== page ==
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How to support transgender people in the workplace

Understanding people giving support to depressed crying african woman at group psychological treatment, free space
Understanding people giving support to depressed crying african woman at group psychological treatment, free space

It is not an easy time to be trans in the workplace. Earlier this year, research by Totaljobs found that 43% of trans employees have quit a job because their work environment was unwelcoming.

Of the 400 people surveyed, nearly two thirds (65%) said they’ve had to hide their trans status at work. Common forms of bullying or insults include 'deadnaming' - where someone is deliberately called by a former name - or colleagues purposefully using the wrong pronouns.

Some employers are making a conscious effort to better support their workers, however. Recently, commercial motor insurance provider Zego announced it had introduced a workplace policy to protect trans and non-binary staff from discrimination and mistreatment.

The policy includes a commitment to providing unisex facilities, the freedom to express oneself through no dress code, plus, unlimited therapy sessions for a minimum of six months, and paid leave to support any member of staff pursuing medical transition. The company will also allow employees to form their own personalised transition plan too.

“This policy enshrines our inclusive beliefs and commitment to the trans and non-binary community and is an important milestone in the company’s history,” says Kingsley Macy, chief people officer at Zego.

“We are very pleased to be one of the few companies to offer such a policy and we will be working very closely with our employees behind the scenes to ensure that they are all fully up to speed on the policy,” adds Macy.

“Diversity and inclusion have been essential ingredients in Zego’s story and our success to date which has helped us to approach age-old problems in new ways. I hope this encourages other companies to follow suit.”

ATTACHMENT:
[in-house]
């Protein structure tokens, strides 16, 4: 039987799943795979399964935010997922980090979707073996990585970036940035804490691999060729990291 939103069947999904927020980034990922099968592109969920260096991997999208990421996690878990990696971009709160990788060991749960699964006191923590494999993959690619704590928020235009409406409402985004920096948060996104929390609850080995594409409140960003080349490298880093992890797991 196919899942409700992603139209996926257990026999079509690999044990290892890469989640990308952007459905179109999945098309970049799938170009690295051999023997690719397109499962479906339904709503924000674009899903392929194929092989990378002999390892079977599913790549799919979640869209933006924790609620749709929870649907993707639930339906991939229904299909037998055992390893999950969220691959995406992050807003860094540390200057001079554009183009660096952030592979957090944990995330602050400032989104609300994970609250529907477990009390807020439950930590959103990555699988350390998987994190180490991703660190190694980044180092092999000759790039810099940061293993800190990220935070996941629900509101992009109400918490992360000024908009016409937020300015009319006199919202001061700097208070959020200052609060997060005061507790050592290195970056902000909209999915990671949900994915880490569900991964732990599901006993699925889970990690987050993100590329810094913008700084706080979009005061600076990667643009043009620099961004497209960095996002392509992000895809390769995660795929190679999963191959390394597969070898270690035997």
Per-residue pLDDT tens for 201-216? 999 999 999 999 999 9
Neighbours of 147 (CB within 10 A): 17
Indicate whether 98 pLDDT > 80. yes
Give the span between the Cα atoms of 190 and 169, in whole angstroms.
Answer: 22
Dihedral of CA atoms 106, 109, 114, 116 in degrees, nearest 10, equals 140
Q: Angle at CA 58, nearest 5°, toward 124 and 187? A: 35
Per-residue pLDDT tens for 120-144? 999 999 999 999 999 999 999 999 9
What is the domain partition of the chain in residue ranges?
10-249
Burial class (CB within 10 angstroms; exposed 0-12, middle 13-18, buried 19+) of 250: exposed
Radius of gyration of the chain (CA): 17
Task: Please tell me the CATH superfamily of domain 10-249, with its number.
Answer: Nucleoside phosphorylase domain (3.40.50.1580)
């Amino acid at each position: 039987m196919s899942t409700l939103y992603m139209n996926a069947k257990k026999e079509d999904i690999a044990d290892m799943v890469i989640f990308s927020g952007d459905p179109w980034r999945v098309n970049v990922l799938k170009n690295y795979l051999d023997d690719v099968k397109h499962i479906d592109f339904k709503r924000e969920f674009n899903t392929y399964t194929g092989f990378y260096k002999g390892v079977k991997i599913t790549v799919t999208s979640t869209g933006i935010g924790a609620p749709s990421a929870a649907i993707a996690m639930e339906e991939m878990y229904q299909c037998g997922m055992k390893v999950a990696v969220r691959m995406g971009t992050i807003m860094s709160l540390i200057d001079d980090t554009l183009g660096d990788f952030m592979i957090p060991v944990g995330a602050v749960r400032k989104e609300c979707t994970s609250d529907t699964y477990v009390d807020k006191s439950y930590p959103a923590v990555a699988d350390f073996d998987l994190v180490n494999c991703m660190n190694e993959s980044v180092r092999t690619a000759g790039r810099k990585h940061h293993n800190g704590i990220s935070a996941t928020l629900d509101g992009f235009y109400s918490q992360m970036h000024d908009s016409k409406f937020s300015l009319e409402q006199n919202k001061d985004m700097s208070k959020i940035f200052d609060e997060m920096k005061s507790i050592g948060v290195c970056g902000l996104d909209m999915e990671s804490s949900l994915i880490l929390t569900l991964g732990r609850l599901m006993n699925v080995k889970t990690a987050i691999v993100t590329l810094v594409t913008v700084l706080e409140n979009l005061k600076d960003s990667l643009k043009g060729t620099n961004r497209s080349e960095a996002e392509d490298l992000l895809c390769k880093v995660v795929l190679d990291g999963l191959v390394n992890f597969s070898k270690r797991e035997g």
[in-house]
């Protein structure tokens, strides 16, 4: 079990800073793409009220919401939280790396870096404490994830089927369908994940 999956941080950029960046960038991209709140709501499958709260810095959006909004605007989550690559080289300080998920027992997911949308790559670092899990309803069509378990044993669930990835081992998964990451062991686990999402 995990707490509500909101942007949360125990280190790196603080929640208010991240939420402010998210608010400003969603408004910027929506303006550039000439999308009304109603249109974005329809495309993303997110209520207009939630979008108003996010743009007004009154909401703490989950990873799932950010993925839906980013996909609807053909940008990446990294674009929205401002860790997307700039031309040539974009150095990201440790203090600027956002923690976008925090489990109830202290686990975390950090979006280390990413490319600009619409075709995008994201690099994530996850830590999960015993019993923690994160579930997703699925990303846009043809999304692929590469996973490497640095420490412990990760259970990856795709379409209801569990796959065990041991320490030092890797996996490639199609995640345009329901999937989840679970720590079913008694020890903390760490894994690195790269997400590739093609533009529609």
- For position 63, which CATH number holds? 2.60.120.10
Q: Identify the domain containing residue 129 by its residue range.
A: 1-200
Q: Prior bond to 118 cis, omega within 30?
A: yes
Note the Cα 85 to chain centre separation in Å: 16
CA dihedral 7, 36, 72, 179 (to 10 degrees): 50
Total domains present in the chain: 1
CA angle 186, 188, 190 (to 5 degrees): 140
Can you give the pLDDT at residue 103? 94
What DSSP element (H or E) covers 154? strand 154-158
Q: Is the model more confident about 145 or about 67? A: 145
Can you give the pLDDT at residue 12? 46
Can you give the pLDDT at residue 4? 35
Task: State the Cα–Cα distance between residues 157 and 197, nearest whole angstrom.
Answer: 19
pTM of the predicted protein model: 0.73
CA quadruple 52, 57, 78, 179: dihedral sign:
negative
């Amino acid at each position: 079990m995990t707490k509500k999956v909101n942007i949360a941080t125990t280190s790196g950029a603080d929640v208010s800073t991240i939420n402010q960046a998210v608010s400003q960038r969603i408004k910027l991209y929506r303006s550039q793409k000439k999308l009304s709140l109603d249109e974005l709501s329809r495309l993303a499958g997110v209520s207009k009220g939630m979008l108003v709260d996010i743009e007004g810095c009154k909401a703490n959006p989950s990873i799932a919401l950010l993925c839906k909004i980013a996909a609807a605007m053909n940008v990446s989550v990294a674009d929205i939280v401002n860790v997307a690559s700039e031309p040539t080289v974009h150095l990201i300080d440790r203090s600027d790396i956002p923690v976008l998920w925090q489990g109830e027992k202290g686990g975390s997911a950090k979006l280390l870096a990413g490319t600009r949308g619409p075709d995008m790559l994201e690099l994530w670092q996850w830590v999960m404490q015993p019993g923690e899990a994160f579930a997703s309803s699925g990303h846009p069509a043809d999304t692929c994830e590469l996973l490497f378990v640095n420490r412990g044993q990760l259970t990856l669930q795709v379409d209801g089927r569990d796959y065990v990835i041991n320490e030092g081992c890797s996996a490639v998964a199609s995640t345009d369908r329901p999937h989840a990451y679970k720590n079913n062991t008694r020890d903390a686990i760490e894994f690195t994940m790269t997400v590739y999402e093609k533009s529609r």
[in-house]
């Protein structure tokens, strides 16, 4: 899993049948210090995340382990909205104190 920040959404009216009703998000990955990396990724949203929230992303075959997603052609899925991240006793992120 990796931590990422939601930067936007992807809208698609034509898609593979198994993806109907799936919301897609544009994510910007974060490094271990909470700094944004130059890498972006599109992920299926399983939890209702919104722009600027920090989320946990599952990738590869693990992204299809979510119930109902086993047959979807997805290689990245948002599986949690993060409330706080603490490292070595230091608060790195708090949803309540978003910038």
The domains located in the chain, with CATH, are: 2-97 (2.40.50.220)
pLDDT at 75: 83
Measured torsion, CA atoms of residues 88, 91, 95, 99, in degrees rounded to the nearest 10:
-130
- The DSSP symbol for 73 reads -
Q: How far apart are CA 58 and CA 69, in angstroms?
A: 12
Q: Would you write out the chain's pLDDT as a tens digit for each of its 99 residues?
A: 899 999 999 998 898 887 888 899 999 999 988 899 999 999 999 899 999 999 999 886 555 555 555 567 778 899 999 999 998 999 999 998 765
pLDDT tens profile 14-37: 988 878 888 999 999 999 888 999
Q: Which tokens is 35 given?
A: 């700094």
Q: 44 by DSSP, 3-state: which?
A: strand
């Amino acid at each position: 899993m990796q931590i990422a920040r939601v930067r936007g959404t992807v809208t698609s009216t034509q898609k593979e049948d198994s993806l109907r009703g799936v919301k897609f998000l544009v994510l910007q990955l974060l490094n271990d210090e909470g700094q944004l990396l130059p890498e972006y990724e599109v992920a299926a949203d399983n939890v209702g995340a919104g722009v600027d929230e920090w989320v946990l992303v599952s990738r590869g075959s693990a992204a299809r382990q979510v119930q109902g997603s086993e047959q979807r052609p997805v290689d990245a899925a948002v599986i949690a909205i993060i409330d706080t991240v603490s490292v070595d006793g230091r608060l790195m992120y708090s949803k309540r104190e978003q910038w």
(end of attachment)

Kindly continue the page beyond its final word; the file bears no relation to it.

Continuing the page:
In recent years, an increasing number of prominent companies are offering specific support and benefits to transgender and non-binary employees. Back in 2011, Coca Cola began to offer transgender-inclusive health insurance coverage. Facebook, Netflix and Tesla are among the latest to offer specific benefits, such as covering the cost of treatments related to gender transitioning or sex reassignment, including hormone therapy.

Other UK firms have taken steps to make their workplaces more inclusive too. The law firm Pinsent Masons has rolled out training for HR and front of house staff and introduced an option for employees and clients to use the gender-neutral Mx title.

However, not all companies offer their transgender and non-binary employees support and protection against discrimination. So what legal rights do people have in the workplace?

Transgender people are currently protected by two key pieces of legislation – The Equality Act 2010 (EA) and the Gender Recognition Act 2004 (GRA).

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“The EA prohibits discrimination in employment on the grounds of gender reassignment, i.e., for those proposing to undergo, undergoing or who have under a process to reassign their sex,” says Anita Vadgama, legal director at Didlaw.

“This therefore does not mean that a person has had to have medical intervention to be protected. The EA gives transgender people protection from direct and indirect discrimination, harassment and victimisation.”

The GRA allows people to obtain a Gender Recognition Certificate (GRC) to legally change their gender, once they have acquired gender for two consecutive years and intend to continue living as their acquired gender for the rest of their lives.

“The types of unlawful discrimination that they would be protected from include direct - unreasonably demanding someone not to be transgender, as well as indirect – where transgender people are principally disadvantaged by a provision or some criteria which applies to everyone:

Other types of discrimination people are protected against include:

  • By perception – where you think someone is transgender, and you single out against them because of it, but they are not transgender.

  • By association – if you single out a person because of someone they mix with, or who has an association with, transgender people.

  • Harassment – where you act in a way that violates the dignity of another person or creates an intimidating, hostile, degrading, humiliating or offensive environment for that person because they are transgender.

  • Victimisation – it is unlawful to discriminate against a transgender person because they have used the provisions of the legislation or have helped someone else to do so.

If you believe you are being discriminated against because of your gender identity, there are several steps you can take. Make sure you write down what happened and when, so you have a record of the incidents.

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“If a person feels that they are being discriminated against in the workplace, then they should try and raise a complaint - whether formal or informal - under the company’s grievance and/or bullying and harassment procedures,” Vadgama says. “If that does not resolve the issues, then the person can bring a claim in the Employment Tribunal within three months of the act of discrimination, harassment or victimisation.”

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